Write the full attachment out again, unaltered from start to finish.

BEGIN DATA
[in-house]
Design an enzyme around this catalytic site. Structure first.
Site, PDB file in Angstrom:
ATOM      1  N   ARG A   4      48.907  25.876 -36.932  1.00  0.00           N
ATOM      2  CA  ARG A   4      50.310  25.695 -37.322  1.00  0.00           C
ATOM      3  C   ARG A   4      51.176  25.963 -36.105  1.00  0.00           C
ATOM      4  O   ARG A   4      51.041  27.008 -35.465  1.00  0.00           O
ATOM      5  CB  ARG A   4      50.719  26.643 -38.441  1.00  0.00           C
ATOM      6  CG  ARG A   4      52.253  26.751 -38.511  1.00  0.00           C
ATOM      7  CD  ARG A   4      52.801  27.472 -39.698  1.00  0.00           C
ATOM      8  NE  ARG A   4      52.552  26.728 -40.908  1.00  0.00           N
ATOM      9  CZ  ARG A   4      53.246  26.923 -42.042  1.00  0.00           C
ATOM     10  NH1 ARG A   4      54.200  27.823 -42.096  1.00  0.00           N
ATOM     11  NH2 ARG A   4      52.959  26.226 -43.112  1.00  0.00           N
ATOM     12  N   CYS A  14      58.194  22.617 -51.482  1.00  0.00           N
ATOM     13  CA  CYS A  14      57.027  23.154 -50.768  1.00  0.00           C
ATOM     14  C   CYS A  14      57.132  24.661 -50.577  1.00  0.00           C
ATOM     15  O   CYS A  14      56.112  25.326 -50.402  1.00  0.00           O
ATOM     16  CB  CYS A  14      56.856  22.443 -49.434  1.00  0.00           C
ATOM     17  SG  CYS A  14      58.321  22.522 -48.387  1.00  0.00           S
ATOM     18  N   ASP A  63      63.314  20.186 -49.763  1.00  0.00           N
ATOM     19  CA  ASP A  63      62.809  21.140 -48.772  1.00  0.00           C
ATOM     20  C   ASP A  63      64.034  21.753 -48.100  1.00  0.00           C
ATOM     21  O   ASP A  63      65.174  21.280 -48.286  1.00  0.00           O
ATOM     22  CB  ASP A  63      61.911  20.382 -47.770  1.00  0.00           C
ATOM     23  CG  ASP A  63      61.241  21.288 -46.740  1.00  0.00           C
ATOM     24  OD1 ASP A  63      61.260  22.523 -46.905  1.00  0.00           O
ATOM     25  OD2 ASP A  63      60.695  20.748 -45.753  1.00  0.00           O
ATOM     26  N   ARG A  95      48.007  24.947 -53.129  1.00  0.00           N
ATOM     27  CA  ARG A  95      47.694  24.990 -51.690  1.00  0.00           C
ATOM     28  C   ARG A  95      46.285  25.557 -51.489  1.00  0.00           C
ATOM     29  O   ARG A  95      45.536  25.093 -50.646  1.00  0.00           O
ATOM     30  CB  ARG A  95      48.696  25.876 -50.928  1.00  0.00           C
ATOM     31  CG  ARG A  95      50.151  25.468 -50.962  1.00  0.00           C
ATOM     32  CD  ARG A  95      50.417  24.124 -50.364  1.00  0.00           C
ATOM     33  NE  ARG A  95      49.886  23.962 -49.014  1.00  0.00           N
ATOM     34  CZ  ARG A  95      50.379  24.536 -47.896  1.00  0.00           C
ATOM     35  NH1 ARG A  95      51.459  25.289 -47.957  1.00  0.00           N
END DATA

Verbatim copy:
[in-house]
Design an enzyme around this catalytic site. Structure first.
Site, PDB file in Angstrom:
ATOM      1  N   ARG A   4      48.907  25.876 -36.932  1.00  0.00           N
ATOM      2  CA  ARG A   4      50.310  25.695 -37.322  1.00  0.00           C
ATOM      3  C   ARG A   4      51.176  25.963 -36.105  1.00  0.00           C
ATOM      4  O   ARG A   4      51.041  27.008 -35.465  1.00  0.00           O
ATOM      5  CB  ARG A   4      50.719  26.643 -38.441  1.00  0.00           C
ATOM      6  CG  ARG A   4      52.253  26.751 -38.511  1.00  0.00           C
ATOM      7  CD  ARG A   4      52.801  27.472 -39.698  1.00  0.00           C
ATOM      8  NE  ARG A   4      52.552  26.728 -40.908  1.00  0.00           N
ATOM      9  CZ  ARG A   4      53.246  26.923 -42.042  1.00  0.00           C
ATOM     10  NH1 ARG A   4      54.200  27.823 -42.096  1.00  0.00           N
ATOM     11  NH2 ARG A   4      52.959  26.226 -43.112  1.00  0.00           N
ATOM     12  N   CYS A  14      58.194  22.617 -51.482  1.00  0.00           N
ATOM     13  CA  CYS A  14      57.027  23.154 -50.768  1.00  0.00           C
ATOM     14  C   CYS A  14      57.132  24.661 -50.577  1.00  0.00           C
ATOM     15  O   CYS A  14      56.112  25.326 -50.402  1.00  0.00           O
ATOM     16  CB  CYS A  14      56.856  22.443 -49.434  1.00  0.00           C
ATOM     17  SG  CYS A  14      58.321  22.522 -48.387  1.00  0.00           S
ATOM     18  N   ASP A  63      63.314  20.186 -49.763  1.00  0.00           N
ATOM     19  CA  ASP A  63      62.809  21.140 -48.772  1.00  0.00           C
ATOM     20  C   ASP A  63      64.034  21.753 -48.100  1.00  0.00           C
ATOM     21  O   ASP A  63      65.174  21.280 -48.286  1.00  0.00           O
ATOM     22  CB  ASP A  63      61.911  20.382 -47.770  1.00  0.00           C
ATOM     23  CG  ASP A  63      61.241  21.288 -46.740  1.00  0.00           C
ATOM     24  OD1 ASP A  63      61.260  22.523 -46.905  1.00  0.00           O
ATOM     25  OD2 ASP A  63      60.695  20.748 -45.753  1.00  0.00           O
ATOM     26  N   ARG A  95      48.007  24.947 -53.129  1.00  0.00           N
ATOM     27  CA  ARG A  95      47.694  24.990 -51.690  1.00  0.00           C
ATOM     28  C   ARG A  95      46.285  25.557 -51.489  1.00  0.00           C
ATOM     29  O   ARG A  95      45.536  25.093 -50.646  1.00  0.00           O
ATOM     30  CB  ARG A  95      48.696  25.876 -50.928  1.00  0.00           C
ATOM     31  CG  ARG A  95      50.151  25.468 -50.962  1.00  0.00           C
ATOM     32  CD  ARG A  95      50.417  24.124 -50.364  1.00  0.00           C
ATOM     33  NE  ARG A  95      49.886  23.962 -49.014  1.00  0.00           N
ATOM     34  CZ  ARG A  95      50.379  24.536 -47.896  1.00  0.00           C
ATOM     35  NH1 ARG A  95      51.459  25.289 -47.957  1.00  0.00           N